The New York Times’ James Risen reported that Snowden’s decision to leak NSA documents “developed gradually, dating back at least to his time working as a technician in the Geneva station of the CIA.” Snowden first made contact with Glenn Greenwald, a journalist working at The Guardian, in late 2012. He contacted Greenwald anonymously as “Cincinnatus” and said he had “sensitive documents” that he would like to share. Greenwald found the measures that the source asked him to take to secure their communications, such as encrypting email, too annoying to employ. Snowden then contacted documentary filmmaker Laura Poitras in January 2013. According to Poitras, Snowden chose to contact her after seeing her New York Times documentary about NSA whistleblower William Binney. The Guardian reported that what originally attracted Snowden to both Greenwald and Poitras was a Salon article written by Greenwald detailing how Poitras’ controversial films had made her a “target of the government.”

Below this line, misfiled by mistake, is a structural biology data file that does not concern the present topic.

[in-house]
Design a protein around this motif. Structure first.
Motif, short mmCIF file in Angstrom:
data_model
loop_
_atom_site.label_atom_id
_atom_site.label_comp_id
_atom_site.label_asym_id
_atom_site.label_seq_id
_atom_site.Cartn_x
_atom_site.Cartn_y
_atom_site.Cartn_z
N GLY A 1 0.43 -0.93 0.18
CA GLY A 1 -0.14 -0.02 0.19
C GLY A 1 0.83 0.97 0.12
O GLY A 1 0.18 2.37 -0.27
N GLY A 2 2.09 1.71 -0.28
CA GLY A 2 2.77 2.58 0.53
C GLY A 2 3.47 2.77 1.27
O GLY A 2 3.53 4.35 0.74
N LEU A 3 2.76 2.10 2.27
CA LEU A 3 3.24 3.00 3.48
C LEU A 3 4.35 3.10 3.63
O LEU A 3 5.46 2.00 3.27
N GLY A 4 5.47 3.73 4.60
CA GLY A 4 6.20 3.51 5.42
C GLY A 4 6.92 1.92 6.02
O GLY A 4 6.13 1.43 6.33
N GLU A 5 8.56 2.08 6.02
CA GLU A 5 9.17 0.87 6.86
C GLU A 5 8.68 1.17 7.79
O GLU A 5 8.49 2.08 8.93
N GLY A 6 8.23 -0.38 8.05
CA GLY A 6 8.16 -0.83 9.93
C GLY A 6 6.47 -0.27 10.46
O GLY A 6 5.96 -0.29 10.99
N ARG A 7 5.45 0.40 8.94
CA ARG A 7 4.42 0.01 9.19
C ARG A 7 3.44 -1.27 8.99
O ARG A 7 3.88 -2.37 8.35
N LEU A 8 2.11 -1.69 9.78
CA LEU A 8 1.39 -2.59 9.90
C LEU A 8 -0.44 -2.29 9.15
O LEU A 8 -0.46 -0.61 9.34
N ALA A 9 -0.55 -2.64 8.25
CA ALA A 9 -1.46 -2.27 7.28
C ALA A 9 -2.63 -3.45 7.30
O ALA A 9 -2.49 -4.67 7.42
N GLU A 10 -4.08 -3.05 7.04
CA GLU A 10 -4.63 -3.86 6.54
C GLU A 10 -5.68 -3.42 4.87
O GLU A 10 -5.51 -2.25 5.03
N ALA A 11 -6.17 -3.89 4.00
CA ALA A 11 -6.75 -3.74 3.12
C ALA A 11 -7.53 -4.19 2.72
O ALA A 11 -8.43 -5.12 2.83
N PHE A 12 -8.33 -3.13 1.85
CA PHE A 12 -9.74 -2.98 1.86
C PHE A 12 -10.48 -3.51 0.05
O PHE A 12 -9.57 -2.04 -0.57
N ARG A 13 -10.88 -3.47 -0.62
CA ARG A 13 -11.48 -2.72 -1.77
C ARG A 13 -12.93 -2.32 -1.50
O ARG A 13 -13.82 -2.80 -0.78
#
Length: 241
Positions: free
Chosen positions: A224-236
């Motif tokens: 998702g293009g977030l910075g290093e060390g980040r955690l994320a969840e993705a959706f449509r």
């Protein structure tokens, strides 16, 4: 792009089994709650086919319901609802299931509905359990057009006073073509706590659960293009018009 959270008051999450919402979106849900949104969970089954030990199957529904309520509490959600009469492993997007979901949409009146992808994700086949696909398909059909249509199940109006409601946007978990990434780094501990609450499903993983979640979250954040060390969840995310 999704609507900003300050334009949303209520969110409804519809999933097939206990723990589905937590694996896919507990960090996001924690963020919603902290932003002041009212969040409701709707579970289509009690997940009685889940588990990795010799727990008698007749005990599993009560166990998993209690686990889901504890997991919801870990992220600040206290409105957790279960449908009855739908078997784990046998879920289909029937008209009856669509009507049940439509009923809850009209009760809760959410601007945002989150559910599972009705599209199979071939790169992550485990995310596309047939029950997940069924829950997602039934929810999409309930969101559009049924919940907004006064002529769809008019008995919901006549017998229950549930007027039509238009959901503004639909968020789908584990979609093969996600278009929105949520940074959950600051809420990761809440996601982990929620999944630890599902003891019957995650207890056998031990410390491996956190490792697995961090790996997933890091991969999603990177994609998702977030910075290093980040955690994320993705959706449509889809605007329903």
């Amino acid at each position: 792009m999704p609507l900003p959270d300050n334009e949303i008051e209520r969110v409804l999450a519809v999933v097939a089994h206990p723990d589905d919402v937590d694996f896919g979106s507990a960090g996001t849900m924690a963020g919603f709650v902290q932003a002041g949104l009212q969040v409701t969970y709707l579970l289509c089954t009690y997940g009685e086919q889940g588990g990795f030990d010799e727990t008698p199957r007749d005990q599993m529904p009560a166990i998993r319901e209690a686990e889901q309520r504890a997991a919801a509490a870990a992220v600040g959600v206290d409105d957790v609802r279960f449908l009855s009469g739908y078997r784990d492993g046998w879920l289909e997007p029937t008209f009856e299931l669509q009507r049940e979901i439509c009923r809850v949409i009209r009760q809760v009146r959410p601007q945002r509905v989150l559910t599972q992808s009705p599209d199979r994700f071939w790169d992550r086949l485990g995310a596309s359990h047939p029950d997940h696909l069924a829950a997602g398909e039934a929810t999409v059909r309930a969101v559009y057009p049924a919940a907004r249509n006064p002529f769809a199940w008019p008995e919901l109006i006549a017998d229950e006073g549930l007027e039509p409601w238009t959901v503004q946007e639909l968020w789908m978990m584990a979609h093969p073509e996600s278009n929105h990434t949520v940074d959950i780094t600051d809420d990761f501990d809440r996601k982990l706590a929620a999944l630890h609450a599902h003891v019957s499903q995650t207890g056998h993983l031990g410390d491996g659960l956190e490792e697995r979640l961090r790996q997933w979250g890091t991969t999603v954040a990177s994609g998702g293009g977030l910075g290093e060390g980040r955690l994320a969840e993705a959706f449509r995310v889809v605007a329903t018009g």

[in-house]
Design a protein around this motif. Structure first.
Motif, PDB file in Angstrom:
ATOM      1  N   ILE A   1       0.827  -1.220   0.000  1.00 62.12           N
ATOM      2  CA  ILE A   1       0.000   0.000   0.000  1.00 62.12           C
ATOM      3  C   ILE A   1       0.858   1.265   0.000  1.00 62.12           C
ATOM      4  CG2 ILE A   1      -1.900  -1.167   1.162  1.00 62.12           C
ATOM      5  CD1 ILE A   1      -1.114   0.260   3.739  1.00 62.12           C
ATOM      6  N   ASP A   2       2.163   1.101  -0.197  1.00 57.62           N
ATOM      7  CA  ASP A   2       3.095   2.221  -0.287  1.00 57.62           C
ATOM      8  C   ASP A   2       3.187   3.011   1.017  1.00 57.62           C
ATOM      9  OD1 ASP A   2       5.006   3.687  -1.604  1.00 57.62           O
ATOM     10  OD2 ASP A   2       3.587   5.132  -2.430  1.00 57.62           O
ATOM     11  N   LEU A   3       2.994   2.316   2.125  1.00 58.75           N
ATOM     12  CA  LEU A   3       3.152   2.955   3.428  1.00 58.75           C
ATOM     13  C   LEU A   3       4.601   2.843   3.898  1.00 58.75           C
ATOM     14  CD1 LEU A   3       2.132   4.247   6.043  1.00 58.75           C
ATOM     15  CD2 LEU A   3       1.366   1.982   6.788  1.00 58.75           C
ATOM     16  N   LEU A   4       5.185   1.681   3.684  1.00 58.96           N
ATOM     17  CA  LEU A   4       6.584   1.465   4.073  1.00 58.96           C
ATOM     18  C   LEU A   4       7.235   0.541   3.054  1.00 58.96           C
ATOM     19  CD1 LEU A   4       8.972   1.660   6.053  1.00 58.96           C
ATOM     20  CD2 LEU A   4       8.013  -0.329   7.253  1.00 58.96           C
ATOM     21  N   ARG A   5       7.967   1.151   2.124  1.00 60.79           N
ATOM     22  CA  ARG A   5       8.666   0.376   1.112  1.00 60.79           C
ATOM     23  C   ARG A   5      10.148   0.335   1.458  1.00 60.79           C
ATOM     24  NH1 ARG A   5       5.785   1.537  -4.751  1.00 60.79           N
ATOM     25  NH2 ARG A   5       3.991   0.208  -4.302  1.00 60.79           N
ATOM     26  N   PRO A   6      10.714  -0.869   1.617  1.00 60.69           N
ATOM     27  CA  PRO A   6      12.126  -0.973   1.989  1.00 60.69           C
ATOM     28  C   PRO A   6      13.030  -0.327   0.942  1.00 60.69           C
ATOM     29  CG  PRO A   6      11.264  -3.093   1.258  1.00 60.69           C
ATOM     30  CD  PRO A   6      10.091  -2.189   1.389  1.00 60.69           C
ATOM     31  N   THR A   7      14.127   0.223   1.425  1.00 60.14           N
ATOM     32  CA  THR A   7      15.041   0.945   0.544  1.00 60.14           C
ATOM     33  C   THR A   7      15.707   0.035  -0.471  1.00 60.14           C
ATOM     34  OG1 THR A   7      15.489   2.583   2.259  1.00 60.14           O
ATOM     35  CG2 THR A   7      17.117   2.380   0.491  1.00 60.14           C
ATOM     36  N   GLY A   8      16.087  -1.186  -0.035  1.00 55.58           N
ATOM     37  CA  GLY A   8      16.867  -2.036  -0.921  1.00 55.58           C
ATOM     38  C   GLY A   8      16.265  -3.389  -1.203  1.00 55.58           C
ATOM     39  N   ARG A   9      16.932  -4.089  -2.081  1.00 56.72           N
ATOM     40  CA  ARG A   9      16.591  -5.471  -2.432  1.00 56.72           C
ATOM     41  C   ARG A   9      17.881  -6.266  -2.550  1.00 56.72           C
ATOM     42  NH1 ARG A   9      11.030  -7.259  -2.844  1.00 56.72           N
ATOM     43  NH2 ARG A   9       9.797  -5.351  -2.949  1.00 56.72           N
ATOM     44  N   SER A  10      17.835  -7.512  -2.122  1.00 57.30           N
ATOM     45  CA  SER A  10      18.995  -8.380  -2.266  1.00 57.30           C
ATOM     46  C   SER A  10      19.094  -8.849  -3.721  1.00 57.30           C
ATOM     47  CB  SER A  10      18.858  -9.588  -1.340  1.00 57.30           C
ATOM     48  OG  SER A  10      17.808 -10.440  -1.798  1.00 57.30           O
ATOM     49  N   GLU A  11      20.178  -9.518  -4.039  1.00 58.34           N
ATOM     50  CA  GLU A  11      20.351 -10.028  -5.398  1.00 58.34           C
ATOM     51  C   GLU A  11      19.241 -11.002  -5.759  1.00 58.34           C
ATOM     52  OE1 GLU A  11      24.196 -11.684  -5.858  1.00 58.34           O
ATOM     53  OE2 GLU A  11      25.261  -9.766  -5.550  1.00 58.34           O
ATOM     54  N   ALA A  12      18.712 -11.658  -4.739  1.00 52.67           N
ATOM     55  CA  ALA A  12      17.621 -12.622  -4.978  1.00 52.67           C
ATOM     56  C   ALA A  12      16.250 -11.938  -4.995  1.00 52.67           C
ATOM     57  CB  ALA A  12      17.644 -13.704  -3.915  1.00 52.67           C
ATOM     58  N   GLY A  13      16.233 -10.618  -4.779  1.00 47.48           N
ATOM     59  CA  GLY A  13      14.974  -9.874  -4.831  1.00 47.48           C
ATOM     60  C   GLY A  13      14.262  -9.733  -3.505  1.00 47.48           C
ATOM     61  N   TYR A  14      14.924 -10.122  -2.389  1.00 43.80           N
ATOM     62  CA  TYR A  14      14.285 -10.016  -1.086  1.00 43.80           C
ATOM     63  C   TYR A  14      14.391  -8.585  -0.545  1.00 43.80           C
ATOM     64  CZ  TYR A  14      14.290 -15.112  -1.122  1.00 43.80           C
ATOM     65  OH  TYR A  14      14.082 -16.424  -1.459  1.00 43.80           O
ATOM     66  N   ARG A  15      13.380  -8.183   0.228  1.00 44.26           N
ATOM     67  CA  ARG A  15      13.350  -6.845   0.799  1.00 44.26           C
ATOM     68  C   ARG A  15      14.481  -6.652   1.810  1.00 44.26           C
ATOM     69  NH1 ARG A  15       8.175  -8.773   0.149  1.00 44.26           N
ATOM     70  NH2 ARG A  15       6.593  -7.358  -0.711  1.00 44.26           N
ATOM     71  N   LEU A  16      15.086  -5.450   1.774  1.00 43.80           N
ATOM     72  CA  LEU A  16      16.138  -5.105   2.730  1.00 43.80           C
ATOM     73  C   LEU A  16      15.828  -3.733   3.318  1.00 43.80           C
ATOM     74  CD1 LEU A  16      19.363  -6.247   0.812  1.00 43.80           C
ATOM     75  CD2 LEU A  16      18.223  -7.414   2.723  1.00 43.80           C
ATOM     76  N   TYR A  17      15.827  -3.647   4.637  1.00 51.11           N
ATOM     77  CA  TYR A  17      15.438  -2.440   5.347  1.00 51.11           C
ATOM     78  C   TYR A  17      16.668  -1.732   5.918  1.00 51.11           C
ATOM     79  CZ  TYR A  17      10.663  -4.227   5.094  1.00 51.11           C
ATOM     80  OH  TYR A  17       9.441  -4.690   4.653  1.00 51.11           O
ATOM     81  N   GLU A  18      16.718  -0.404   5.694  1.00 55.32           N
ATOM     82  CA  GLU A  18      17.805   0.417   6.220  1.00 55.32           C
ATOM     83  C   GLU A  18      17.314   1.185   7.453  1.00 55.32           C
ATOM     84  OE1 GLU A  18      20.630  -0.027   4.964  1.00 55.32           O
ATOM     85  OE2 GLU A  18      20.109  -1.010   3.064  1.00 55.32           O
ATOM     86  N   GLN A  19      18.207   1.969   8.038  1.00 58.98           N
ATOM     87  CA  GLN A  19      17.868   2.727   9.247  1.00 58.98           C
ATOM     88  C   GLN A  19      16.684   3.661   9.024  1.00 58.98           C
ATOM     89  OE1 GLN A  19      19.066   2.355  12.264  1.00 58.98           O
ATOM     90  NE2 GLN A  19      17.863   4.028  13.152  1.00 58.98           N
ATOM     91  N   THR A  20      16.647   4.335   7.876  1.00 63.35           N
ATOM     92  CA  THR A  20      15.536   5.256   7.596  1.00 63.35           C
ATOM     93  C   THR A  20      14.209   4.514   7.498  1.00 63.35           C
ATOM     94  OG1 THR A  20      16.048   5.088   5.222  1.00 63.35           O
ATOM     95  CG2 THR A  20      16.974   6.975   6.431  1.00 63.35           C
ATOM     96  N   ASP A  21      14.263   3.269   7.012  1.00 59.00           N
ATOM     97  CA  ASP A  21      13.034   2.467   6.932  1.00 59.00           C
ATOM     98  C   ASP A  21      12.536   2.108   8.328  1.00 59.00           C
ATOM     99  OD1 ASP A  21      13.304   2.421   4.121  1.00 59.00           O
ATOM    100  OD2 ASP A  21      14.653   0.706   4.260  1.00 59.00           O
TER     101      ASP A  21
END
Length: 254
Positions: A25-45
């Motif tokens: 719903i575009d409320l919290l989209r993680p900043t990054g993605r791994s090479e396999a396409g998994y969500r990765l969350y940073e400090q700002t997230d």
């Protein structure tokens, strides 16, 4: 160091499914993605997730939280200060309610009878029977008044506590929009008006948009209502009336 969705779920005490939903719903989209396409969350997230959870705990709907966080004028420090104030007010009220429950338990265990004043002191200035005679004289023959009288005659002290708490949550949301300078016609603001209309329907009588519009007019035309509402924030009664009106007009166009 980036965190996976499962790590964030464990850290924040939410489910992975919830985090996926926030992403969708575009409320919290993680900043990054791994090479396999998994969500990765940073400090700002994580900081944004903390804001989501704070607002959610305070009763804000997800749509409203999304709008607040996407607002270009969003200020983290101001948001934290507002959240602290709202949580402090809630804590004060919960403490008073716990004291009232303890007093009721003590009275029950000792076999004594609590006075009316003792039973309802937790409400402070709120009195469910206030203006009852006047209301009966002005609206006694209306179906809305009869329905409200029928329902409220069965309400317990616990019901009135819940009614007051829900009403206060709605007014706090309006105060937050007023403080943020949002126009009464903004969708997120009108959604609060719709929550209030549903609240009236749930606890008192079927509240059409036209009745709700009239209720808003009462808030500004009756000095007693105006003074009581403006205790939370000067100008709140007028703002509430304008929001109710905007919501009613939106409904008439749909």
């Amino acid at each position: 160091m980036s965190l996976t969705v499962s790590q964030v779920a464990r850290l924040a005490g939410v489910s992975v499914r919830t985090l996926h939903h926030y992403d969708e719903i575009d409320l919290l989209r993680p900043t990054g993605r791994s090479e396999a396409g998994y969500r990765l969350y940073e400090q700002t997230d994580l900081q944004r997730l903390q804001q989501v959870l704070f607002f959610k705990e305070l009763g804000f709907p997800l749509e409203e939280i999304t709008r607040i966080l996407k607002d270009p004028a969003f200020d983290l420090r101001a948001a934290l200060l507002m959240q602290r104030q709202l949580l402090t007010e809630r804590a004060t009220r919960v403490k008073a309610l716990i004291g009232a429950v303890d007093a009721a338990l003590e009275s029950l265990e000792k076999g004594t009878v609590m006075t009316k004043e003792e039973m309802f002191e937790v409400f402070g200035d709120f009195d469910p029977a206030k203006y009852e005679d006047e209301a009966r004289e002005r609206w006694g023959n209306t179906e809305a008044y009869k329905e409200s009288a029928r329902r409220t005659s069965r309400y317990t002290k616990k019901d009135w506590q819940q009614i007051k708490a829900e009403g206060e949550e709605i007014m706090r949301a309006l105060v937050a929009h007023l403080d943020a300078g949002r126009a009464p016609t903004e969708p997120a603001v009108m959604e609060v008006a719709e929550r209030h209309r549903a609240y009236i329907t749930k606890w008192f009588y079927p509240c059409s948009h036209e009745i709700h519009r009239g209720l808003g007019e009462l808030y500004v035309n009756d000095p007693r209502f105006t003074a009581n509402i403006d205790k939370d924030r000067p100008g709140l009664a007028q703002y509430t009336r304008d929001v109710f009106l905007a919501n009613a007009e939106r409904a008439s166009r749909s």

Greenwald began working with Snowden in either February or April 2013, after Poitras asked Greenwald to meet her in New York City, at which point Snowden began providing documents to them.Barton Gellman, writing for The Washington Post, says his first “direct contact” was on May 16, 2013. According to Gellman, Snowden approached Greenwald after the Post declined to guarantee publication within 72 hours of all 41 PowerPoint slides that Snowden had leaked exposing the PRISM electronic data mining program, and to publish online an encrypted code allowing Snowden to later prove that he was the source.
Snowden communicated using encrypted email, and going by the codename “Verax”. He asked not to be quoted at length for fear of identification by stylometry.